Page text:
Anthony Williams was the mayor of Washington, DC in the spring of 1999, when the Montreal Expos and St. Louis Cardinals played an exhibition game at old RFK Stadium. In the pregame ceremonies, Williams suggested that soon there would be a team playing for Washington as a major league team, and it could well be those Montreal Expos, or some other team that moved from a city that did not treasure its team enough. Six years later he was the captain aboard ship when the city council approved the final bond authority to build Nationals Park and cemented the move of those Expos to DC. His name–Mayor Anthony Williams–should be there as well, joining Scherzer and Strasburg and those others from this team whose names will endure.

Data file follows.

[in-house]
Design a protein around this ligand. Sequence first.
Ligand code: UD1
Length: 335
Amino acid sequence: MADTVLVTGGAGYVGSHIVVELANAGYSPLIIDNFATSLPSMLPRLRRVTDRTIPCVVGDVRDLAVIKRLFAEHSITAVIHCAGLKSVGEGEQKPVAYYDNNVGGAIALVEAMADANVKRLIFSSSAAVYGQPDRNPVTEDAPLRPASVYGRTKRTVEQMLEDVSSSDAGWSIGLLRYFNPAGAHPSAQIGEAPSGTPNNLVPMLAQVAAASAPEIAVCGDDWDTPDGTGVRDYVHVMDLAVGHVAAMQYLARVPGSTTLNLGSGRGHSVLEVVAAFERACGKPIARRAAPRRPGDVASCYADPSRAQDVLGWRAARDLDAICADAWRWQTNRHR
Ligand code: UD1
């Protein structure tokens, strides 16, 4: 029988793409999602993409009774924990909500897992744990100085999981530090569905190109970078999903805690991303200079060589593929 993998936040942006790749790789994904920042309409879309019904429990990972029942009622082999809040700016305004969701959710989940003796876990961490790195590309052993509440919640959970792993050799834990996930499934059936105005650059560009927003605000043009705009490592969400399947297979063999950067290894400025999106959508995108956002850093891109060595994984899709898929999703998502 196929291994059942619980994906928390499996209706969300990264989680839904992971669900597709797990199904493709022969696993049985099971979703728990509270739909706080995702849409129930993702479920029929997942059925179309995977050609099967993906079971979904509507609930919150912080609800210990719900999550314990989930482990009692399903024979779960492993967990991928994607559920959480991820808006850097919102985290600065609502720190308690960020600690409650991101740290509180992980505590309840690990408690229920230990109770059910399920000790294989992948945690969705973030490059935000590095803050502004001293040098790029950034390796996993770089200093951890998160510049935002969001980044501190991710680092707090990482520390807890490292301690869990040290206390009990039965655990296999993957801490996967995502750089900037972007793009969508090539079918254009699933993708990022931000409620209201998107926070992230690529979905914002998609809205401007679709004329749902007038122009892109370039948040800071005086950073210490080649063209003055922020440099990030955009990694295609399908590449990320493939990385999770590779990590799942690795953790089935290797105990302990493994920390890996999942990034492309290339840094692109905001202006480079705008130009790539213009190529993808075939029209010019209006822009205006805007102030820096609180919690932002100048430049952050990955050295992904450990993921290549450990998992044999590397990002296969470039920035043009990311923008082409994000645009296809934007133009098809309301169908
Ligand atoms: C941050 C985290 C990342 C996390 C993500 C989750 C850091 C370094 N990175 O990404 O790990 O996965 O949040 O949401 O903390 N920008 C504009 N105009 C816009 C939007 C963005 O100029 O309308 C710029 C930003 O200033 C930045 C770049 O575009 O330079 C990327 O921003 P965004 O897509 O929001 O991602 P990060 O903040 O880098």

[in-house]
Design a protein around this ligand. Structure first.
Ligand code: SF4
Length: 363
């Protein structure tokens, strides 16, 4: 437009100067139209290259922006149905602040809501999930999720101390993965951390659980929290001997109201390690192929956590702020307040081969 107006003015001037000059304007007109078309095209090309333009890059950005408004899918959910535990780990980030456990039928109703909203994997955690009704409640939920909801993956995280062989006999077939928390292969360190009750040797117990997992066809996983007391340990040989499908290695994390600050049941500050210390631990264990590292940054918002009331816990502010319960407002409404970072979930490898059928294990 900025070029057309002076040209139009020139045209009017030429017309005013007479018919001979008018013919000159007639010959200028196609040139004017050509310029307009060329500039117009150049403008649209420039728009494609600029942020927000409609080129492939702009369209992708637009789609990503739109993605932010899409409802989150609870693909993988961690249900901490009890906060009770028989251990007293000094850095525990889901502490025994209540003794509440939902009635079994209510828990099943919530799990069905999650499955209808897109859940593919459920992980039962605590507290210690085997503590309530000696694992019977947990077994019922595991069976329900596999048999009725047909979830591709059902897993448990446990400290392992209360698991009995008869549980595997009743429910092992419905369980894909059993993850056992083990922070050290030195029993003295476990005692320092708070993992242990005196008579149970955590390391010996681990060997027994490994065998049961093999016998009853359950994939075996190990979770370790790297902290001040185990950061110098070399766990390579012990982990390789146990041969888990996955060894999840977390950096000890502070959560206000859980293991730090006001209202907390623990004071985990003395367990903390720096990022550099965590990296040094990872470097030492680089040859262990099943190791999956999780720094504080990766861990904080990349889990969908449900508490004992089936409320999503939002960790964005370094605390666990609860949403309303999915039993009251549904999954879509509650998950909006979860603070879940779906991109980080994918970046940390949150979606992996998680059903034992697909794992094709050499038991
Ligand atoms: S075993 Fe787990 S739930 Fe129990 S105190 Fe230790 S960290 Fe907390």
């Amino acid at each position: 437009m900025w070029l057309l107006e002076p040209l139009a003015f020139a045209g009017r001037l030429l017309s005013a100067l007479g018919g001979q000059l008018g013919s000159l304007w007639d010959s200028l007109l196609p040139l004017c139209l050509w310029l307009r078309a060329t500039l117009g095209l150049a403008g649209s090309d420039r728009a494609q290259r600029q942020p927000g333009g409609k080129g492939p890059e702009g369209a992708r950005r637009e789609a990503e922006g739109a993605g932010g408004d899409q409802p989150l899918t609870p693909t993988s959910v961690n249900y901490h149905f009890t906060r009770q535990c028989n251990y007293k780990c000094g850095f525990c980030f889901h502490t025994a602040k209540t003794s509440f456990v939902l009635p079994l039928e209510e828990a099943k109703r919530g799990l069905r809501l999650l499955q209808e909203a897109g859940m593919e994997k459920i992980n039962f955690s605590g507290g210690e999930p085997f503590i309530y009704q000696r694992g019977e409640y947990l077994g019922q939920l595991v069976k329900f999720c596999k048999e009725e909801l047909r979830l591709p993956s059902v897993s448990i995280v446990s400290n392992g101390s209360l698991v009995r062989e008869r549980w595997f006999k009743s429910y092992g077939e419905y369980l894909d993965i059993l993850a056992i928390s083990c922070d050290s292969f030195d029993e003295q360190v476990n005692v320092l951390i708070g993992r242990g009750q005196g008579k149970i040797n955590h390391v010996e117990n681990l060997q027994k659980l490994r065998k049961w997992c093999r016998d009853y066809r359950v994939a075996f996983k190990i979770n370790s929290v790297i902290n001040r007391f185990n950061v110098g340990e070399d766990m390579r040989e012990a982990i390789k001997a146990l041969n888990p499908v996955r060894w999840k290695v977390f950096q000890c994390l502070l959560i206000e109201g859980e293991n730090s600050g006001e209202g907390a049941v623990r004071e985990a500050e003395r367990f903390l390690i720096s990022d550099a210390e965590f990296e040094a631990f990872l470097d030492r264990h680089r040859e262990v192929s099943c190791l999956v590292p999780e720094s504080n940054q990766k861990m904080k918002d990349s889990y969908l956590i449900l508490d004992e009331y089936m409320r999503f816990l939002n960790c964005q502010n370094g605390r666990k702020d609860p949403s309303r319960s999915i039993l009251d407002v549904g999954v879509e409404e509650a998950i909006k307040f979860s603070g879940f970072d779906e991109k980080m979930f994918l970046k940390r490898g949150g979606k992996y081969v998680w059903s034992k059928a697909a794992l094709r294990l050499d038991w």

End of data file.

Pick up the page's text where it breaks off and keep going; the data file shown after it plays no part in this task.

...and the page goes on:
This moment is the realization of that vision, when finally everyone can accept what was so long denied.

The old racist Calvin Griffith wanted this team moved out of the city, to the white suburbs, and when his wish was denied he took the Old Fox’s team to Minnesota. And eleven years later, he and Robert Short smiled in delight as the other American League owners voted in favor of the motion to move the team again, this time to Texas. “Washington is too black for baseball,” Short said. “The city is crime riddled,” he opined, as one reason for the poor attendance. And one by one the other owners in the American League came to believe him.